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United States Department of Agriculture

Agricultural Research Service

Title: Biofilms on produce and food handling/processing surfaces

item Annous, Bassam

Submitted to: Meeting Abstract
Publication Type: Abstract Only
Publication Acceptance Date: 2/29/2008
Publication Date: 9/15/2008
Citation: Annous, B. 2008. Biofilms on produce and food handling/processing surfaces [abstract]. TAPPI-Polymers Laminates Adhesives Coatings Extrusions (PLACE).Portsmouth,VA. p.1.

Interpretive Summary:

Technical Abstract: The rise in the number of produce-related outbreaks, coupled with the lack of an effective intervention, has given rise to an intense research effort into the ecology of human pathogens in the field and food preparation environment. Human pathogen cells have been found to be capable of attaching to and colonizing the surfaces of growing plants as well food-processing surfaces. It is now becoming clear that once attached, human pathogens are capable of forming biofilms on these surfaces. A biofilm is generally defined as an assemblage of bacterial cells adherent to each other and to an inert or living surface, and are enclosed in a protective layer of self-produced exopolymers. The presence of biofilms in processing environments increases the opportunity for contamination of finished product. Research from this laboratory has shown that biofilm-associated cells were resistant to all major aqueous sanitizers common in the food industry such as chlorine, hydrogen peroxide, and quaternary ammonium compounds. This presentation will discuss the nature of biofilm formation in general and novel technologies capable of inactivating biofilm-associated cells on produce and food processing surfaces.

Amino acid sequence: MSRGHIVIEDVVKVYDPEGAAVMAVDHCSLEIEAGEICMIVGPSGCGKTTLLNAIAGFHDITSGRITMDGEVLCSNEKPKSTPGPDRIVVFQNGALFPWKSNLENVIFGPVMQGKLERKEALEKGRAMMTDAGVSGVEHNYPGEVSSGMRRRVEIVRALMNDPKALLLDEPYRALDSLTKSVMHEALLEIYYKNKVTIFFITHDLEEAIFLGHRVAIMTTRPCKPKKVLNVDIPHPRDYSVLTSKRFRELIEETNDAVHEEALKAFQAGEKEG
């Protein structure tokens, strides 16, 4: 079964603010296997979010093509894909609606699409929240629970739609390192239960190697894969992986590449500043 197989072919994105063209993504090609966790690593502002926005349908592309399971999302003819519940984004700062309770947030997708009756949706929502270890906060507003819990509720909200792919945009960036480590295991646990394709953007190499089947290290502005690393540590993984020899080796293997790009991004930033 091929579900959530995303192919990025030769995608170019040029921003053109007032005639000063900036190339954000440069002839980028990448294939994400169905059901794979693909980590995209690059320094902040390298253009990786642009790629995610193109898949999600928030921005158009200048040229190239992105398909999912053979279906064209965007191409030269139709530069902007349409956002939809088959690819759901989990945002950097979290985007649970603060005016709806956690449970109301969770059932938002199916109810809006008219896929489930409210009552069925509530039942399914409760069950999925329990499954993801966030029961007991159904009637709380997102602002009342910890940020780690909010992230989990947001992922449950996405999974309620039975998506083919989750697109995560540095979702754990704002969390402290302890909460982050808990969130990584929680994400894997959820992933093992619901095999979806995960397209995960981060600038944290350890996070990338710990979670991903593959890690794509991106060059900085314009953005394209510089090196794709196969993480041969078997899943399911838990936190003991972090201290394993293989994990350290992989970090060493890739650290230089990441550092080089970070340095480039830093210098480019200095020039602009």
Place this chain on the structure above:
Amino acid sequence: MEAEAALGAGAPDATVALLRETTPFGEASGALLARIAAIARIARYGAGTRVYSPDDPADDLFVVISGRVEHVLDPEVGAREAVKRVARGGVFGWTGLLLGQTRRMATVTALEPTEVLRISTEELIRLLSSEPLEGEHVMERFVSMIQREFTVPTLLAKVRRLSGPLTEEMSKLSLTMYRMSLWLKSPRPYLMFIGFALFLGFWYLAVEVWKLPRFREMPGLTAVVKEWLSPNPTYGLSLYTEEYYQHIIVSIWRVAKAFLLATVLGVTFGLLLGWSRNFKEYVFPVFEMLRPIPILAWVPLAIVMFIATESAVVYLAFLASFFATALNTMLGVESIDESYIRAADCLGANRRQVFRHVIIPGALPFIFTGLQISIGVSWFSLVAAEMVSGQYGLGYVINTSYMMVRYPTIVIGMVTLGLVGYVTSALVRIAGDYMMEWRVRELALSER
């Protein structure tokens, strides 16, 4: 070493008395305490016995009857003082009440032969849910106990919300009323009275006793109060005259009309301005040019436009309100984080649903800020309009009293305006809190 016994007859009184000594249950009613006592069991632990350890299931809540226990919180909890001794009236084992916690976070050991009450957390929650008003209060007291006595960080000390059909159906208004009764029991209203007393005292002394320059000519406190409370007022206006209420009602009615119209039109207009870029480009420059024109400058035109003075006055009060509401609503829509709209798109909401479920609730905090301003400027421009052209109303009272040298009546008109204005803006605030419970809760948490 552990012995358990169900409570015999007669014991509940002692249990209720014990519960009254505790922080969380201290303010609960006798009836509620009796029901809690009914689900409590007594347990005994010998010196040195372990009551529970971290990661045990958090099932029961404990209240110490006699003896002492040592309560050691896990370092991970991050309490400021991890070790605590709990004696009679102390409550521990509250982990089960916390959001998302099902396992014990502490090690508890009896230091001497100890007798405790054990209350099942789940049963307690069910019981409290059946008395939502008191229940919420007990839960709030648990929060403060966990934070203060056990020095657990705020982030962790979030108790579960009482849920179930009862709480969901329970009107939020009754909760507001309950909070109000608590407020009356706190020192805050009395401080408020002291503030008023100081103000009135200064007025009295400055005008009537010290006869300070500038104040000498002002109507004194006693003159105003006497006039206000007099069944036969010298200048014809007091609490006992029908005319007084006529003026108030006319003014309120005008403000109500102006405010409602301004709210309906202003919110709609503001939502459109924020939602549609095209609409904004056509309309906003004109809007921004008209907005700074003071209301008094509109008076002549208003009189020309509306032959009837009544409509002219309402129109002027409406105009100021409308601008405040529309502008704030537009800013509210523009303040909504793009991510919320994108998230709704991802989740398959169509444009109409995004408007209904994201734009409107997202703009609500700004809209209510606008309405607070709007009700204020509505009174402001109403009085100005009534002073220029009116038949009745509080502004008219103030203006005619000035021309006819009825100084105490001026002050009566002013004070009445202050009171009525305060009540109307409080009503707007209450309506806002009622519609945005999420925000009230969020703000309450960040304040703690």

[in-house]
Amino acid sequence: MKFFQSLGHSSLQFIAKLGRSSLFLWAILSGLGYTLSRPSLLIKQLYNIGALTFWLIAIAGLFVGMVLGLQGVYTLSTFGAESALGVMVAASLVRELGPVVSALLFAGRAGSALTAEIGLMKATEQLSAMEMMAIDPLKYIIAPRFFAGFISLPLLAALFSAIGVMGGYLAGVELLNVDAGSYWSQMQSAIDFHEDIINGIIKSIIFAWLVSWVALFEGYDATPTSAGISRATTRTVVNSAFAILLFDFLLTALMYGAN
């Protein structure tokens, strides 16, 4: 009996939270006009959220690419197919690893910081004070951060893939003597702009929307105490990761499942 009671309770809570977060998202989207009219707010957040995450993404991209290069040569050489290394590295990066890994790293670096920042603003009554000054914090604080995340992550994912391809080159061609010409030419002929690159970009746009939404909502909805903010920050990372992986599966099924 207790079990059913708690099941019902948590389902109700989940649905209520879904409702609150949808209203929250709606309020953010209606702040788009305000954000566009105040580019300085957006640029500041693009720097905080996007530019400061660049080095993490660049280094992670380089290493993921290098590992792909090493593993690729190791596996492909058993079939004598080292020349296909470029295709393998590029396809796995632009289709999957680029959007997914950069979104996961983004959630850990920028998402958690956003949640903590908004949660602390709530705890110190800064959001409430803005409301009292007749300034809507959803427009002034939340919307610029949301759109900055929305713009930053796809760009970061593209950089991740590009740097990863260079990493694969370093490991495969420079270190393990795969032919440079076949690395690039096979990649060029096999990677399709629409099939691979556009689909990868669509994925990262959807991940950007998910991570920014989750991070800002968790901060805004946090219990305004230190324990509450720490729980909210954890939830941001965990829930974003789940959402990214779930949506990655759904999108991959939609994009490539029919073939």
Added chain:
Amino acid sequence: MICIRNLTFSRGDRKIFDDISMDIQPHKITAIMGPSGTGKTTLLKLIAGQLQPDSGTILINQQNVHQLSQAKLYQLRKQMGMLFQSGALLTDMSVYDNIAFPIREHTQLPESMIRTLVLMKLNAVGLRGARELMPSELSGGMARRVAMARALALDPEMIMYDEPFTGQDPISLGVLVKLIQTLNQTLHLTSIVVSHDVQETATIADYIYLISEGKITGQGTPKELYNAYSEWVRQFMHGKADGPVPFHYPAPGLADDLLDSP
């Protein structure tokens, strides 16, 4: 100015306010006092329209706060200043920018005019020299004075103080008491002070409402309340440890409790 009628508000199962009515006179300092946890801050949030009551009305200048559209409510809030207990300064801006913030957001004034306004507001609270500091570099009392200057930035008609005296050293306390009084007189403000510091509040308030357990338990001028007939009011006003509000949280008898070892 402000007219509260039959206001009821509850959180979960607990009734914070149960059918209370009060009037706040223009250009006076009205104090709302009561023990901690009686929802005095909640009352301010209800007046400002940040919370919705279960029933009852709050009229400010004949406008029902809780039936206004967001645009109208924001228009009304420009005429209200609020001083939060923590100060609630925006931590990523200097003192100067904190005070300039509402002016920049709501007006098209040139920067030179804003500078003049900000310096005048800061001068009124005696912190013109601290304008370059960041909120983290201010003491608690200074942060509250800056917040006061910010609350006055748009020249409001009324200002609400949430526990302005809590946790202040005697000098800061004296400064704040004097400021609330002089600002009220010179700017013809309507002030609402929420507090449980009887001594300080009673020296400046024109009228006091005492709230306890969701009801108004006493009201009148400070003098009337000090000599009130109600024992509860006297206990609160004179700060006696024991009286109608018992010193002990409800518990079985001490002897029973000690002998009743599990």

Last Modified: 10/19/2017
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